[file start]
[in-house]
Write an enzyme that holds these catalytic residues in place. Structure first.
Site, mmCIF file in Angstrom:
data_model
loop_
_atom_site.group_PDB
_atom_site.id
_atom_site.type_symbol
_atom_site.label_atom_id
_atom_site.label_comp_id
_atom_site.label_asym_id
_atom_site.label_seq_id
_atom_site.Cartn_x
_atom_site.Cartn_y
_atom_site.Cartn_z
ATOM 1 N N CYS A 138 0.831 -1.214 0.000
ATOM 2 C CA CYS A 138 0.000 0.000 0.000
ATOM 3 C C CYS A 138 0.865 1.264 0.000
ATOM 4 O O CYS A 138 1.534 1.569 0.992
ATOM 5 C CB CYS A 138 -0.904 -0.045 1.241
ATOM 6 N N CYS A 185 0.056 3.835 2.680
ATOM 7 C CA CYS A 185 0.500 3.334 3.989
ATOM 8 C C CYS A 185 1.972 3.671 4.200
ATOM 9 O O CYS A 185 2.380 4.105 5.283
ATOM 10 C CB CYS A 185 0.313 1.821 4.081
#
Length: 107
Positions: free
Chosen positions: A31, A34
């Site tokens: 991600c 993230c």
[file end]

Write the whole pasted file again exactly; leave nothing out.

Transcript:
[in-house]
Write an enzyme that holds these catalytic residues in place. Structure first.
Site, mmCIF file in Angstrom:
data_model
loop_
_atom_site.group_PDB
_atom_site.id
_atom_site.type_symbol
_atom_site.label_atom_id
_atom_site.label_comp_id
_atom_site.label_asym_id
_atom_site.label_seq_id
_atom_site.Cartn_x
_atom_site.Cartn_y
_atom_site.Cartn_z
ATOM 1 N N CYS A 138 0.831 -1.214 0.000
ATOM 2 C CA CYS A 138 0.000 0.000 0.000
ATOM 3 C C CYS A 138 0.865 1.264 0.000
ATOM 4 O O CYS A 138 1.534 1.569 0.992
ATOM 5 C CB CYS A 138 -0.904 -0.045 1.241
ATOM 6 N N CYS A 185 0.056 3.835 2.680
ATOM 7 C CA CYS A 185 0.500 3.334 3.989
ATOM 8 C C CYS A 185 1.972 3.671 4.200
ATOM 9 O O CYS A 185 2.380 4.105 5.283
ATOM 10 C CB CYS A 185 0.313 1.821 4.081
#
Length: 107
Positions: free
Chosen positions: A31, A34
């Site tokens: 991600c 993230c």